Title block with shadow
Ron Sully, Director of Marketing

October 2012
Welcome to OMNInews the electronic newsletter from Omnica Corporation.  Here's this month's selection of relevant industry and science news, what's happening at Omnica and other generally interesting info. 
 Ron Sully - Director of Marketing  
OMNInews OriginalWhich is the best choice for you, a "full-service" manufacturer or a product development firm? 
      Sourcing an appropriate manufacturer for your yet-to-be-designed product is a daunting task, especially for a virtual company. Should you hire product development firm and depend on them to source manufacturing, or start out with a manufacturer who has in-house design and engineering capabilities? With over thirty years in the medical device business, our VP Paul Gleason has worked for both types of companies.
Paul penned a short article that offers excellent insights to help you make an informed decision.
Outsourcing Reversal - The U.S. manufacturing revival
   When clients ask us to investigate cutting costs by recommending an overseas manufacturer we do our best to dissuade them. We worked with Far East manufacturers in the past, but were dissatisfied with the results. Time and again our team saw a real disconnect between what was specified and how those requirements were fulfilled. Product development is complex and challenging under the best of circumstances, and we feel it is in the best interest of our clients to work with manufacturers in the U.S. In the past, if you manufactured out of the country and got what you asked for, cost savings were potentially significant. Saving money is even less of a motivator to manufacture overseas.
    It's surprising how efficiency and innovation can impact product output. In the U.S. our manufacturing methods are becoming more efficient than ever. A good example is Herman Miller's Aeron chair. The Michigan company has trimmed costs and increased output to remain competitive in a global market. This article illustrates how Herman Miller applied the concept of "Kaizen" - continual improvement, to produce a chair every 17 seconds.
Manufacturing TrendsConverging tech will change the way products are built.
      Economists and researchers are now saying that rising labor force costs won't be what ultimately derails China's robust manufacturing engine. It sounds reasonable. At Omnica, we've concluded that overseas manufacturers were (moderately) good at copying ideas and technologies, but not good at innovating. In a few key areas, technical advances in manufacturing could support our hypothesis. New technologies are driving a U.S. comeback.
      In the near future (presently, in some industries), workers and their associated vacation and healthcare costs are being replaced with robots who work non-stop. The robots can do heavy lifting, assembly, goods retrieval in distribution centers, and many other activities - much faster than humans. The point to consider is not that robots will lead to job losses, but that they will enable much higher productivity, and create more employment for humans in the future. Our role in the manufacturing paradigm is changing, but there will still be plenty of work for us in production settings that require a degree of finesse or are not repetitive. The influence of robots and how they will augment our future in manufacturing is an ultimately uplifting story.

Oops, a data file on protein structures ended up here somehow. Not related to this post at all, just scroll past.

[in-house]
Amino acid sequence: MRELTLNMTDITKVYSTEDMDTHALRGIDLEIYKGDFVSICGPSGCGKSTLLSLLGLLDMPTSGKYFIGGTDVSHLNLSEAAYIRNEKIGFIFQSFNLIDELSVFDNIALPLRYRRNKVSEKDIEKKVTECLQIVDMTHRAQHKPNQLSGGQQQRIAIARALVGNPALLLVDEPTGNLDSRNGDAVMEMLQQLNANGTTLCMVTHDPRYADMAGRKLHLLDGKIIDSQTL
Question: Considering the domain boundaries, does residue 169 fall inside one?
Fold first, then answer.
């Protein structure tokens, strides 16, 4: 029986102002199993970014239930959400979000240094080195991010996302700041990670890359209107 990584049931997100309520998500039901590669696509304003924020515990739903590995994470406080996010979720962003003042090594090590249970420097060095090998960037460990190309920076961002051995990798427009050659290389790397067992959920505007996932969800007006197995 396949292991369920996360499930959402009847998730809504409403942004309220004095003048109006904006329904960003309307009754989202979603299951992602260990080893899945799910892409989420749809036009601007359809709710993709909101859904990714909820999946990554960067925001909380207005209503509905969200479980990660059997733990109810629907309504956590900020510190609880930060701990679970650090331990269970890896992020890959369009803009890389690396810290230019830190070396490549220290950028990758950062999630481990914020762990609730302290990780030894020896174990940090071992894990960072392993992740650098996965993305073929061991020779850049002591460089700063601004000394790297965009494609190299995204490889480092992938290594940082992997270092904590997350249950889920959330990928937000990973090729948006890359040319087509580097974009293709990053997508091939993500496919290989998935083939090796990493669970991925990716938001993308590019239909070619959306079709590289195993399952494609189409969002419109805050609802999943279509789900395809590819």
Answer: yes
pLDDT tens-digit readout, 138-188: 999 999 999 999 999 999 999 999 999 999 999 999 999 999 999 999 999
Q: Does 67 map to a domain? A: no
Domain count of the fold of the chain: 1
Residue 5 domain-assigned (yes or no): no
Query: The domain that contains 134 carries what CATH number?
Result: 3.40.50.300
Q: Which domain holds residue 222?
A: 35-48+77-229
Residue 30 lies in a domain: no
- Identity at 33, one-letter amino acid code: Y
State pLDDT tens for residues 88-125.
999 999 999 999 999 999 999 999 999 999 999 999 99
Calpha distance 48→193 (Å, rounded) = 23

Thinking Electronics -  Conductive inks for faster and cheaper electronic circuits
      With the wide-ranging acceptance of electronic books, E-Ink is getting a lot of press these days. You may not be aware of another type of electronic ink, currently used in automobiles, which will shortly replace bulky wiring on other products. A conductive ink called T-Ink (thinking ink) can be applied with standard printing techniques on plastic, paper, and cloth. Stretchable and washable circuits offer many opportunities for uses in medical applications and biometric clothing. You can read more about T-Ink here.
     OMNICA News and Announcements . . .   
OMNICA Pumpkin Party - In addition to the obligatory flowered shirts on Friday we have another long-standing tradition at Omnica. Every year about the time the leaves change and adults begin purchasing candy they can later appropriate from their children, we have a pumpkin party.
      On one very special day our designers and engineers make every effort to entertain co-workers by exhibiting their most inventive creations. These are not the pumpkins of your childhood. Some are over - the - top. Here is a video of the 2011 Pumpkin Party. This year will be outrageous and entertaining as always. Come see for yourself at the Omnica facility (directions) Tuesday morning, October 23, or you can wait until Halloween and see what transpired in the NEWS section on our web site.

      If you like our newsletter, send it to a friend, or Join our Mailing List  


Video first frame
We are a great resource for developing your complex and high-tech medical devices.
               Please Call:    

Ron Sully: 949-472-0275

Don Archambault: 949-584-2155  
 logo 104X76

Omnica is a full service high-tech design and engineering firm in business for 28 years. Our specialty is developing medical devices for start-up companies, large corporations like Terumo, J&J, Alcon, Instrumentation Laboratory, BD, Medtronic, Allergan, and others. 
   We have 27 full-time employees, and perform all services from feasibility, Industrial Design, the technical engineering, R&D, prototyping, and documentation -
In house at our facility.